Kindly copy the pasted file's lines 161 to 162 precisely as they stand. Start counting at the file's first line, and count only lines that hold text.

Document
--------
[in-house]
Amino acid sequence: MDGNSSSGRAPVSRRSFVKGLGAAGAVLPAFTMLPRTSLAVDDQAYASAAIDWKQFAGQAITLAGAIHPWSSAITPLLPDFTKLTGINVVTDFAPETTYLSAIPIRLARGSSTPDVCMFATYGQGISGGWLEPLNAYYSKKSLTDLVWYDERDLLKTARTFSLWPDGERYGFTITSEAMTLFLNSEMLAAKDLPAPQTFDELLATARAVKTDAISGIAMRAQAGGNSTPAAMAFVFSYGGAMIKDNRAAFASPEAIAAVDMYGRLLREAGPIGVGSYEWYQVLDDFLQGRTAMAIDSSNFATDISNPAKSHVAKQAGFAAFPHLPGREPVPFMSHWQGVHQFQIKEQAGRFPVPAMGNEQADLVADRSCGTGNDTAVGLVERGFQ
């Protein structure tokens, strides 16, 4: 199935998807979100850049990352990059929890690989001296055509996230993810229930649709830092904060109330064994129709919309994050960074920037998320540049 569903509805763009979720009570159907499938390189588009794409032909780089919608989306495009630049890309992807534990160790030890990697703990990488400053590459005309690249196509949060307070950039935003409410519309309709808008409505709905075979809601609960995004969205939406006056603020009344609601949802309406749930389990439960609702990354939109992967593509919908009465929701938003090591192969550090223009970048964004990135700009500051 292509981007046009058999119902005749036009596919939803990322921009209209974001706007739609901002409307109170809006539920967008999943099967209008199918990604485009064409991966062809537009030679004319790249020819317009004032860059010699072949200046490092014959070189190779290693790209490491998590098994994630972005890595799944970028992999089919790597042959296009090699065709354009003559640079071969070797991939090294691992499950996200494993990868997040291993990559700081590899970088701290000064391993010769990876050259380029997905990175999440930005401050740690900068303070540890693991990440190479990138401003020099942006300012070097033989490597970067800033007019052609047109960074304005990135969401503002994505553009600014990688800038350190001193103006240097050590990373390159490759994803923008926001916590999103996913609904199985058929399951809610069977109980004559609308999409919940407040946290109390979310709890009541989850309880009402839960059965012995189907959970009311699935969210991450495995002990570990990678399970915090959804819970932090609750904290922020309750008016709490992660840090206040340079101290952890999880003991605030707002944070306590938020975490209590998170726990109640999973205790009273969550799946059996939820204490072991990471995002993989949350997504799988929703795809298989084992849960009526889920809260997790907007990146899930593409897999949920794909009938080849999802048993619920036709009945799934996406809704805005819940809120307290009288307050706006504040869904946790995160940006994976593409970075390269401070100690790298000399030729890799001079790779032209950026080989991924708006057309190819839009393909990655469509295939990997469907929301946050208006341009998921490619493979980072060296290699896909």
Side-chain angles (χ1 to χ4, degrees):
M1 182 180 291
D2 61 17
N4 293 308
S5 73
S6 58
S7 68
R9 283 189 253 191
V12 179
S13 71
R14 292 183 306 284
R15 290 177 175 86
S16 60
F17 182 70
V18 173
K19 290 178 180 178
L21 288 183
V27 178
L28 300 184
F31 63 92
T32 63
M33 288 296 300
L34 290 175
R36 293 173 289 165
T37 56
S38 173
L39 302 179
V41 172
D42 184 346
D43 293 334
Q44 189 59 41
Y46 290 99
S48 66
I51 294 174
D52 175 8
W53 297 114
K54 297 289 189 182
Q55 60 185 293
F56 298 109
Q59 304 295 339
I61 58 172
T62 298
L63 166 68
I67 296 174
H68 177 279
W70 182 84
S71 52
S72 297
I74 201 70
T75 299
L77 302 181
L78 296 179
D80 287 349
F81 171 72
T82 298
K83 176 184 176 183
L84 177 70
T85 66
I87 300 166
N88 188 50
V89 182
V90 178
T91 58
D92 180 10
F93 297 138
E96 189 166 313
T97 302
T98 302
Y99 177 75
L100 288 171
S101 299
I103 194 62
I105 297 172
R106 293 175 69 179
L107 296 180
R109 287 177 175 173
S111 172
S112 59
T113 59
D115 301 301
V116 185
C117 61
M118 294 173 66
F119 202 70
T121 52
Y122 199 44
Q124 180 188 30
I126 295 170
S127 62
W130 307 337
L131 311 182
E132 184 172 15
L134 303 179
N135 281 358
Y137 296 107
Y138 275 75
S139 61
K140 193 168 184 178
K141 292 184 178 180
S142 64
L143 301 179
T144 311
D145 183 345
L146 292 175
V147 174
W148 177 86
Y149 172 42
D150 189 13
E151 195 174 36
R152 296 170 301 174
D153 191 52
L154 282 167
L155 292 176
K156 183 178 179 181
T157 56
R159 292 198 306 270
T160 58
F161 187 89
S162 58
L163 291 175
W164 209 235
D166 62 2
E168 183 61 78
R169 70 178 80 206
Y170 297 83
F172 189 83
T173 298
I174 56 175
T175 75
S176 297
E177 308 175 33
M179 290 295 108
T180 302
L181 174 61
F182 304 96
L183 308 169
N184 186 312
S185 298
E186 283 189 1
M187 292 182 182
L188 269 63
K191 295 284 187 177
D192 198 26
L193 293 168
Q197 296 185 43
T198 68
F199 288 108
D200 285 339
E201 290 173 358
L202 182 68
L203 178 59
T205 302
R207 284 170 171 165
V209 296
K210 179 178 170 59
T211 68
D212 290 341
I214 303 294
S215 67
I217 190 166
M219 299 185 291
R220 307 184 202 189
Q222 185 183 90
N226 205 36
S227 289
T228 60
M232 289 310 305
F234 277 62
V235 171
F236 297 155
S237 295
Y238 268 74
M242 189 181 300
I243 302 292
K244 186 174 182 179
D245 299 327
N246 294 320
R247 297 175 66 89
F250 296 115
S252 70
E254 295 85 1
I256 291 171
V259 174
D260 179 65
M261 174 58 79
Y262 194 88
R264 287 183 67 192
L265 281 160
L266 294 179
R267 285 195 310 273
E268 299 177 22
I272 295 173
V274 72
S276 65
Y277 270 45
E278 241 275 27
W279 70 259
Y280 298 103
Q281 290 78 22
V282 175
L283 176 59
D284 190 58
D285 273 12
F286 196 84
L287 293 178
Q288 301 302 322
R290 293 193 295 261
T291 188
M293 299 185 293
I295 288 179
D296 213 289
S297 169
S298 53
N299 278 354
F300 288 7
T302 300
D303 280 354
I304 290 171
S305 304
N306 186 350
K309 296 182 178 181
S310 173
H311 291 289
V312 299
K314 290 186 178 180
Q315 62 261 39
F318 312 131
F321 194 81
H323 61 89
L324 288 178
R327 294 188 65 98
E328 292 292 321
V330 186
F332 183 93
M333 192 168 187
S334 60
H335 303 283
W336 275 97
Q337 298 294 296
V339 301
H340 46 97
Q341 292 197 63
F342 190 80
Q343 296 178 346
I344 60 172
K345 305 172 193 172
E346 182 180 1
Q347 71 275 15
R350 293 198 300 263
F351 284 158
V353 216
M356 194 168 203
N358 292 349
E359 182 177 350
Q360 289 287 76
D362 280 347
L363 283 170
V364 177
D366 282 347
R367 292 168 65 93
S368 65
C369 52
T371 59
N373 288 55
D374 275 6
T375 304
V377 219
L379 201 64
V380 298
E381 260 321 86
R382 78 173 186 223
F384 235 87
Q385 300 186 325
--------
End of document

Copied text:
I214 303 294
S215 67